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When Will Netflix Stop Burning Cash?


Feb. 8 2017, Published 3:30 p.m. ET

Here’s where Netflix looks like Amazon—again

Netflix (NFLX) and Amazon.com (AMZN) have been vying to dominate the world of subscription video, and they’re both producing original programming and launching in new markets to reach their goals. But there’s another way the companies are similar: they’re both burning money.

Netflix said at its 4Q16 earnings call that its cash burn will deepen this year, as compared to the previous one. The company sees itself finishing 2017 with a free cash flow deficit of $2 billion, worse than its $1.7 billion free cash flow deficit in 2016.

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Netflix says the cash burning is justified, citing that it added more subscribers than it had forecast internally and also surpassed Wall Street predictions. The company gained nearly 7.1 million customers in 4Q16—higher than the 5.2 million it was targeting. Netflix finished 2016 with 93.8 million subscribers, as compared to 74.8 million at the end of the prior year.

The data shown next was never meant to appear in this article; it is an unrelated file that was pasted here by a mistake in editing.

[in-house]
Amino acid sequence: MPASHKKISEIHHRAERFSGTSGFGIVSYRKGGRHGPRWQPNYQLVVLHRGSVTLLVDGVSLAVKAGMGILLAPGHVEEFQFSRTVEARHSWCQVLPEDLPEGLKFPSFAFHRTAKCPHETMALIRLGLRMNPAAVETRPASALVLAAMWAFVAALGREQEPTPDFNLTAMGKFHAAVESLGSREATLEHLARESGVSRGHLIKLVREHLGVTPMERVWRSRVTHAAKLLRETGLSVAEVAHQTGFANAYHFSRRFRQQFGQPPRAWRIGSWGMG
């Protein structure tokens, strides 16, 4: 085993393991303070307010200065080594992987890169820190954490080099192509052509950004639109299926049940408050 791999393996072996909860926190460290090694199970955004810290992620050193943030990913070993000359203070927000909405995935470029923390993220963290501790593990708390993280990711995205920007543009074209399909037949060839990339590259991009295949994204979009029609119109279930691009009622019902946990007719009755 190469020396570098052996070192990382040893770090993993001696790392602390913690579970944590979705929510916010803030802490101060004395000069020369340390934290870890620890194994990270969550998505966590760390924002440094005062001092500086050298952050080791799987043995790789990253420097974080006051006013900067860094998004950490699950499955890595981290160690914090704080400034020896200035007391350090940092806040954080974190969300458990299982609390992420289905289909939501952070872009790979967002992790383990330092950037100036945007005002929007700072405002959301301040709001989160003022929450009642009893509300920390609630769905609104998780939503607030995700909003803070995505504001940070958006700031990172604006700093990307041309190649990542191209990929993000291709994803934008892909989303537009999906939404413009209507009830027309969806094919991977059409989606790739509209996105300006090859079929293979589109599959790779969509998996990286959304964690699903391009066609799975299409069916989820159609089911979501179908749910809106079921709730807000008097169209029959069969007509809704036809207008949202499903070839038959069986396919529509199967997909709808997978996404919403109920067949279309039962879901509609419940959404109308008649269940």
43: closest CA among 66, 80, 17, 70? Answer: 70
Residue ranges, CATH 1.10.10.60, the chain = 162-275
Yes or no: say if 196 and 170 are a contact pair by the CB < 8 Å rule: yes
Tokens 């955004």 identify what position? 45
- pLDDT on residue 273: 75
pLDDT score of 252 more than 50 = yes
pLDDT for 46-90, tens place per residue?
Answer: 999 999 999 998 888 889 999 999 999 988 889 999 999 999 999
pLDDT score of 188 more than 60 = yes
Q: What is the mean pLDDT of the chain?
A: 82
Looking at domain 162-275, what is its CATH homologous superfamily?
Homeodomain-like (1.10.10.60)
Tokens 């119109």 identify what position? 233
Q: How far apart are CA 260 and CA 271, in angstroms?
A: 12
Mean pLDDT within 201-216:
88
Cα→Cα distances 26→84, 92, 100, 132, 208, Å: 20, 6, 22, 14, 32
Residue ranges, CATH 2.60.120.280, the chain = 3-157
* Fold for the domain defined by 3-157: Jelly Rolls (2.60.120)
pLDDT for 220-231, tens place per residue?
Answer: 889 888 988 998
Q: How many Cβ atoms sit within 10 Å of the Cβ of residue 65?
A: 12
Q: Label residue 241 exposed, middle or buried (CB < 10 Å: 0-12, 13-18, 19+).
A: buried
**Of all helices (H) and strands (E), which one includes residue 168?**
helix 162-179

Amazon spending heavily as well

As for Amazon, the company is spending heavily to create original shows for its Prime video service to increase the appeal of its Prime program because it is crucial for the success of its e-commerce business. Amazon is also investing heavily in its cloud computing business to fend off competition from Microsoft (MSFT), Alphabet (GOOGL), Oracle (ORCL), and other rivals.

Netflix is also pumping billions of dollars in the production of original content, which it says is critical for its subscriber growth and retention, and it’s more economical, in the long-run, than licensing movies from Hollywood producers like Sony (SNE), Walt Disney (DIS), and Time Warner (TWX).


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